Singh followed that with a treble bogey on the 18th and finished his front nine in 40 shots to fall back to -1. He then regained composure and rolled in four birdies on his back nine to return to -5.

    The round of the day belonged to 20-year-old Haig. He rattled in an eagle and seven birdies to lie at -9 for the tournament, but the highlight of his round was a drive on the par-4 13th, which he followed by sinking the putt for a great eagle.

    Canadian Mike Weir found problems on the front nine, and only a spectacular eagle on the 9th spared him, leaving him at a four-over 40, back to -2 overall.

    Local Thai favorite Thongchai Jaidee also eagled the 9th and added 4 birdies to card, leaving him with 68 on the day and an overall -5 for the tournament. It’s been great to see the Thai players this week, some very impressive swings with great short games.

    The future looks bright for Thai golf, as Phuket-born Sati Hongyok showed his potential. At 22, he will benefit from the experience and sure to be a name to watch in the future.

    The late starters also began to make a move as Englishman Oliver Wilson mounted a charge on the back nine. His eagled both the par fives and fired an impressive birdie at the tough 14th.

    His only dropped shot was on the 18th, where he holed a brave putt for bogey after playing his second shot out of the water hazard. His round total of 66 leaves him at -10, sitting one shot clear at the top of the leaderboard.

    Oliver said that he, like most players, was finding the course and the weather a very good test. He explained his hard work on the mental side of the game was paying off, an area most golfers could improve on. Fitness could also play a key role over the weekend with high temperatures predicted to continue.

    The leaderboard is a healthy mix of all players. We have some experienced players such as Retief Goosen (-8), Lian-Wei Zhang (-6), Colin Montgomerie (-5) chasing the young leaders of Wilson (-10) and Haig (-9), which should make for an exciting weekend of play.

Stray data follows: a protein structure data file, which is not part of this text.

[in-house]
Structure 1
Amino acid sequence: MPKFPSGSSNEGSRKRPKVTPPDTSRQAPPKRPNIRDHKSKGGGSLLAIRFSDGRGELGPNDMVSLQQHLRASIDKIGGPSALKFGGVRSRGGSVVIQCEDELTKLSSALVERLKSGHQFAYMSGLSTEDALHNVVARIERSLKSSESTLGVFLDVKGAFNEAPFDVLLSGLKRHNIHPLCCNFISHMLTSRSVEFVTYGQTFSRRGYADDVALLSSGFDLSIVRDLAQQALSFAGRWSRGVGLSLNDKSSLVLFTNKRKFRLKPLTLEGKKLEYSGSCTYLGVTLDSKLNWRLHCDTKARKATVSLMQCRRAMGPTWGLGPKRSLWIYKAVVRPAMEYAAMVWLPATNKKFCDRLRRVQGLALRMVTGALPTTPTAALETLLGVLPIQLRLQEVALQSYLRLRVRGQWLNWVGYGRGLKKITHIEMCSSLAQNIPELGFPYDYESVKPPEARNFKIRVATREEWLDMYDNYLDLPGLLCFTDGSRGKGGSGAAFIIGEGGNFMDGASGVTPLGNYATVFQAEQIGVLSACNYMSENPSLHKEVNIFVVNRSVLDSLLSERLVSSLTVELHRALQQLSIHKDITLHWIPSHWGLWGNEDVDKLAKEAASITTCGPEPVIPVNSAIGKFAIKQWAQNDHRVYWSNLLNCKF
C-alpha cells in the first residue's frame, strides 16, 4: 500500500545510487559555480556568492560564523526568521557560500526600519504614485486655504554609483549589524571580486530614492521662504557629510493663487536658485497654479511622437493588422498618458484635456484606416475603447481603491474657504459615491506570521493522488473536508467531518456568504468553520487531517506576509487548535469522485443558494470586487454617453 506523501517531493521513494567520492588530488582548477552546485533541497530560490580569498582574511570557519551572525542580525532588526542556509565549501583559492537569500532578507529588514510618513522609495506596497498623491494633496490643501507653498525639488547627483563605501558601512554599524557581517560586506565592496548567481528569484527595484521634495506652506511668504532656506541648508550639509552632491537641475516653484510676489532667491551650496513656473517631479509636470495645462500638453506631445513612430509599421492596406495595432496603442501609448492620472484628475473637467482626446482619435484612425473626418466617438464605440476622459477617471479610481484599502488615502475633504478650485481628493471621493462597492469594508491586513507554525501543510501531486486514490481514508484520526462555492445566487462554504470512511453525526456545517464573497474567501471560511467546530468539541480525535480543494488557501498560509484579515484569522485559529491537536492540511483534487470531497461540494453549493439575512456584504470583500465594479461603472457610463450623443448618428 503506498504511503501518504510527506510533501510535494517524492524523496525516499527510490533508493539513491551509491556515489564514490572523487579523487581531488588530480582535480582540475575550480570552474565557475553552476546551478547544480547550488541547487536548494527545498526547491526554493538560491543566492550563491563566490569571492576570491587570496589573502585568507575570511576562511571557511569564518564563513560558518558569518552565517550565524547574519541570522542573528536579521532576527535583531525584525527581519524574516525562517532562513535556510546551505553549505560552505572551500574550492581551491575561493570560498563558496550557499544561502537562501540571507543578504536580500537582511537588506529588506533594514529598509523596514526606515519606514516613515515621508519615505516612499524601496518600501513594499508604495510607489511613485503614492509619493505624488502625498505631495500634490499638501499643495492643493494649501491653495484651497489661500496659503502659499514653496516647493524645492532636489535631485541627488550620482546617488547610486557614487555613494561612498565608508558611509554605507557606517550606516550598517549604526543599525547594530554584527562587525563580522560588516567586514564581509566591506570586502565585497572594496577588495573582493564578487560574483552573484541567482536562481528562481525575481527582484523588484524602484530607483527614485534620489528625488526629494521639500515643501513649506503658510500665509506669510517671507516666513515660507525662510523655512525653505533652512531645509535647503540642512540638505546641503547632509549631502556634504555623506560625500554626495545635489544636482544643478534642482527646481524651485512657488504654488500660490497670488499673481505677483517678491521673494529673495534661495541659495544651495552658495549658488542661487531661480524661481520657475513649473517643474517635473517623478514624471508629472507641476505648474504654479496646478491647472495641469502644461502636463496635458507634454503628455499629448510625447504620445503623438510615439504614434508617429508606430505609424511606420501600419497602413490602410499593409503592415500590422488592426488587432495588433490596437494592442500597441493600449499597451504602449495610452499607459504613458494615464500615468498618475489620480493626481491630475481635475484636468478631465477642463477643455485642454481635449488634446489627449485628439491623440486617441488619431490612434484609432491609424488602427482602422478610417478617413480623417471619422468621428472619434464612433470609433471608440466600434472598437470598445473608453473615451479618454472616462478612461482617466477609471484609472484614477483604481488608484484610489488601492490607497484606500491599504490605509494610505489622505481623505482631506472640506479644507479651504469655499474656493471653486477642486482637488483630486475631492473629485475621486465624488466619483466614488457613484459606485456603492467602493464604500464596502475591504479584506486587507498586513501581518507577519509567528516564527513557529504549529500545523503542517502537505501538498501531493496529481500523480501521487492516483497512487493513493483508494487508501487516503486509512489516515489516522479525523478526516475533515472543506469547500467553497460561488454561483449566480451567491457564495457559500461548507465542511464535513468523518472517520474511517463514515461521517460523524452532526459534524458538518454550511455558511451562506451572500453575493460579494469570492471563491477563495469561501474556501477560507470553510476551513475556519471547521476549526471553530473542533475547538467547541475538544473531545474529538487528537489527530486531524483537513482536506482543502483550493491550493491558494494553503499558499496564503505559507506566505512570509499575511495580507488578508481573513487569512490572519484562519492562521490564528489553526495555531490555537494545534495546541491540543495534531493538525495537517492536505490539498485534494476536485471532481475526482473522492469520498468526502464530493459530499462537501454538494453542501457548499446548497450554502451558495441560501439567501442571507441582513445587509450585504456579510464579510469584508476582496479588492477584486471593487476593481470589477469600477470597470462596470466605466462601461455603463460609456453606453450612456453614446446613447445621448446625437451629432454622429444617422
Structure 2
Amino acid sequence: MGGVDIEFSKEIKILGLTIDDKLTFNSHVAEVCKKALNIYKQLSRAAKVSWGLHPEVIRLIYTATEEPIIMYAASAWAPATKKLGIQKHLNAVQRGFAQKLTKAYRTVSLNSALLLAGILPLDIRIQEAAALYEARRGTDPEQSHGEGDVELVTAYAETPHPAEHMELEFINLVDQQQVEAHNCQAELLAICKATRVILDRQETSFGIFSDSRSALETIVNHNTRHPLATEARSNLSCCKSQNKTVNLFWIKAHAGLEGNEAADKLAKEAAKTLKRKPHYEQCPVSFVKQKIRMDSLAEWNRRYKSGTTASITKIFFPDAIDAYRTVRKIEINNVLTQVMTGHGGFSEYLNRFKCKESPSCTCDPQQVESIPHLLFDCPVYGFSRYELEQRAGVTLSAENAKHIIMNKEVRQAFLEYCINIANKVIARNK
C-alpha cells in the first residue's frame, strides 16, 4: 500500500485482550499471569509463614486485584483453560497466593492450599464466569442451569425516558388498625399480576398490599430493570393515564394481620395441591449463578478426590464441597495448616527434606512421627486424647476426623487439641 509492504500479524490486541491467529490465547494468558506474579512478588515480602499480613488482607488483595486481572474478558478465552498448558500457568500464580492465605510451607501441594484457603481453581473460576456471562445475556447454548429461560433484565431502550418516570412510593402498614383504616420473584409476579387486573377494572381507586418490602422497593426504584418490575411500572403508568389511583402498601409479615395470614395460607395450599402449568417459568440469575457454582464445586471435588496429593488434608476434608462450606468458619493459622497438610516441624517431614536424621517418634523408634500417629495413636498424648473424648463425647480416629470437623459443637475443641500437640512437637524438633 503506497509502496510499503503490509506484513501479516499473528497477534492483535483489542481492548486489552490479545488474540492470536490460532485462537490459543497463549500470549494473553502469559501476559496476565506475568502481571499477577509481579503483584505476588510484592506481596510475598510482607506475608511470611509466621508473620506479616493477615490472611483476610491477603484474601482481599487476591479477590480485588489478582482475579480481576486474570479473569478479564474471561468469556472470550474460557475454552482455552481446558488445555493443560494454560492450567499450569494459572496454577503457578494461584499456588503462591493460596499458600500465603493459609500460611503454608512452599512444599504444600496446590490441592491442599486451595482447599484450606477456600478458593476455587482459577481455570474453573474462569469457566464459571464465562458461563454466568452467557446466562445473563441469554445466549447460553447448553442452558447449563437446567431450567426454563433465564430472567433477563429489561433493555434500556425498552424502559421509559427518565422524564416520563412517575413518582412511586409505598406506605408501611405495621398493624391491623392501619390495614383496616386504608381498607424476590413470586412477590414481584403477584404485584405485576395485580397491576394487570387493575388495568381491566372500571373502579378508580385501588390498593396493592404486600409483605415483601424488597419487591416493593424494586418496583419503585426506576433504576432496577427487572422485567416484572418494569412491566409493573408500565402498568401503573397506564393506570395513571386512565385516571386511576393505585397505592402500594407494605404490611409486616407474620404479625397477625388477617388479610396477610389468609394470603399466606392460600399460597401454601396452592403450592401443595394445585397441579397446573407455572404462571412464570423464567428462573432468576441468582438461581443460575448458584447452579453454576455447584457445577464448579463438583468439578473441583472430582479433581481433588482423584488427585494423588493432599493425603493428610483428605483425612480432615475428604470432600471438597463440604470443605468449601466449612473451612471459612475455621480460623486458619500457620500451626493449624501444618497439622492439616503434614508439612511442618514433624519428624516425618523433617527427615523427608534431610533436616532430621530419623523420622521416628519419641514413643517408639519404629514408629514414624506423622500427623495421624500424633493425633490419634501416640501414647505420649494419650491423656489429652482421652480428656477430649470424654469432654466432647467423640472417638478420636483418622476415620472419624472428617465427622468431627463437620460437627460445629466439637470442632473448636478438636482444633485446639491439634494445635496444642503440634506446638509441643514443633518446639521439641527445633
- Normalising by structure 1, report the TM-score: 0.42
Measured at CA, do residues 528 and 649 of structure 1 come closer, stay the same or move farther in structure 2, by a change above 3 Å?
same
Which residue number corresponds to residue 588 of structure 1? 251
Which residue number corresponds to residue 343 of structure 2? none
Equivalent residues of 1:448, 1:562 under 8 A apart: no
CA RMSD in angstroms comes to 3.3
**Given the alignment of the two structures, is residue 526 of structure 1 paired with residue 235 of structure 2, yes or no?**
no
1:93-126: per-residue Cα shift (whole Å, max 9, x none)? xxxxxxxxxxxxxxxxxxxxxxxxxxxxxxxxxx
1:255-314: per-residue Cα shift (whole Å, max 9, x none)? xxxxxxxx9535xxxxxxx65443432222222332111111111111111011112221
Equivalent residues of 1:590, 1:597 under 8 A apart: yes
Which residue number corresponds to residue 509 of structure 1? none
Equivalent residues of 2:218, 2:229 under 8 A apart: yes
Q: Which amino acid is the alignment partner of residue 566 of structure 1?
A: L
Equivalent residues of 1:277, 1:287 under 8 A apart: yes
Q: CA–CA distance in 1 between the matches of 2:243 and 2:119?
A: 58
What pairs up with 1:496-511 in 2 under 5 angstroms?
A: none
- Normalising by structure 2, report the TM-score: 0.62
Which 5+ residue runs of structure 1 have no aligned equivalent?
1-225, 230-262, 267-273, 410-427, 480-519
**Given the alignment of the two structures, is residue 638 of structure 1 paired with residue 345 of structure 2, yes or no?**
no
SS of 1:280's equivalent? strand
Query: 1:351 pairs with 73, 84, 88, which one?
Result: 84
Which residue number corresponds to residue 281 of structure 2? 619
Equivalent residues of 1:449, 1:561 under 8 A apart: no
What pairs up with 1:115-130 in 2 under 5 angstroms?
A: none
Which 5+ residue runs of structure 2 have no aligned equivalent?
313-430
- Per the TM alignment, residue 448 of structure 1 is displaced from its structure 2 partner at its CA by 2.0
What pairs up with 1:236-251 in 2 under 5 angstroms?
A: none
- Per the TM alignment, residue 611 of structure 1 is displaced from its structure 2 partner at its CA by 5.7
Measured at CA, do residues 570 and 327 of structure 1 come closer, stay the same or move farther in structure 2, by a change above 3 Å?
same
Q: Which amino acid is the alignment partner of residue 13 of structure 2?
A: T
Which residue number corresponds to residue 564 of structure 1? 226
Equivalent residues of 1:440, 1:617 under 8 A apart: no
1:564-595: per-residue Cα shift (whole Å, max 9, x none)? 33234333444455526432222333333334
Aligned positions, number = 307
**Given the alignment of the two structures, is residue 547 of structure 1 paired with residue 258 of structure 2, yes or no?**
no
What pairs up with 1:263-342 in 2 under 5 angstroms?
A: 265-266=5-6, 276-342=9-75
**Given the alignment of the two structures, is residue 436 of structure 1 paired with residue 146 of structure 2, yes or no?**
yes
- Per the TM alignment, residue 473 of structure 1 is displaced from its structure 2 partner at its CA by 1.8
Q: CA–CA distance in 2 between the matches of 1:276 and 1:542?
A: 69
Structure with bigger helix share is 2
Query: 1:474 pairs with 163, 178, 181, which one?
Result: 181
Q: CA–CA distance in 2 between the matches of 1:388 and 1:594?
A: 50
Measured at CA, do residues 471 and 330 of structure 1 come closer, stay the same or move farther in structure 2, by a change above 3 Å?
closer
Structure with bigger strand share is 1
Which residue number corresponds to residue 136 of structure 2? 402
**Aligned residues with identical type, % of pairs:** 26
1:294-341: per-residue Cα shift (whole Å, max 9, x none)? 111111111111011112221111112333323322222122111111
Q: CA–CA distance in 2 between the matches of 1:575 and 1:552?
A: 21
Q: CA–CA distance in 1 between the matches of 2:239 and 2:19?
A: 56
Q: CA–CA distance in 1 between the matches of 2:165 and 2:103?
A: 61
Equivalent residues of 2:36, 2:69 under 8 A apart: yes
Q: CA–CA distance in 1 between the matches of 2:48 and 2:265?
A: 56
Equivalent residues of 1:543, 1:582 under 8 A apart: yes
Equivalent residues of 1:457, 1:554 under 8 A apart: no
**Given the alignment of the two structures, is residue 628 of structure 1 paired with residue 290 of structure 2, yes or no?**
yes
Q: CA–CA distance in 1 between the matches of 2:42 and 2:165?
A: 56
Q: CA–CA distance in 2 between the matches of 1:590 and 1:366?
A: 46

World number 2 Adam Scott, from Australia, returned a 69 to finish at -1 for the tournament, while crowd favorite South African Ernie Els recovered with a solid 70 to finish at -1.


    -10 Oliver Wilson

    -9 Anton Haig

    -8 James Nitties

    -8 Retief Goosen

    -7 Richard Lee

    Oliver Bates is the Teaching Professional at Loch Palm Golf Course. He has lived on Phuket for more than six years.

    Phuket Gazette

  2. #2
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    Anton Haig wins Johnnie Walker Classic

    Anton Haig wins Johnnie Walker Classic

    By Oliver Bates

    PHUKET: The final day of the Johnnie Walker Classic lived up to all expectations as South African Anton Haig won his first Johnnie Walker Classic in a dramatic playoff.

    Twenty-year-old Haig joined the elite of Greg Norman, Tiger Woods, Ernie Els and Nick Faldo to become a Johnnie Walker Champion.

    Haig’s sudden-death playoff victory over Oliver Wilson and Richard Sterne was spectacular as he birdied the 18th hole in regular play and followed up with a birdie in the playoff to take away the US$404,993 (13.9 million baht) first prize.

    Sterne and Wilson tied the playoff hole as well, each earning US$213,688 (7.2 million baht).

    The challenge from the big names failed to materialize in the last day of play; Retief Goosen shot 70 (-2) for a total of -10 while Colin Montgomerie closed with another under-par round of 71 to finish on -8.

    Following his poor second round, Canadian Mike Weir was impressive with 68 and 67 over the weekend to finish in fifth place with -9.

    The spectators were treated to some great golf today when Haig and his long hitting produced a key shot under pressure on the par-4 13th. There were roars from the crowd as he hit his tee shot over the pin to 10ft, setting up a great birdie and a grandstand finish.

    The challenging par 3s at the Blue Canyon Country Club course played a part in the drama. Both Haig and Stern bogeyed the difficult 17th, and a par from Wilson made the 18th very exciting for the growing Phuket crowd.

    The course record was equaled again, for the fourth time in the tournament, with Indian Gaurav Ghei shooting 64, which included an eagle on the 1st.

    Final Results

    -13 Anton Haig

    -13 Oliver Wilson

    -13 Richard Sterne

    (Haig won first playoff hole)

    -10 Retief Goosen

    -9 Mike Weir

    -8 Ernie Els

    -8 David Frost

    -8 Ghei Gaurav

    -8 Colin Montgomerie

    Oliver Bates is the Teaching Professional at Loch Palm Golf Course. He has lived on Phuket for more than six years.

    Phuket Gazette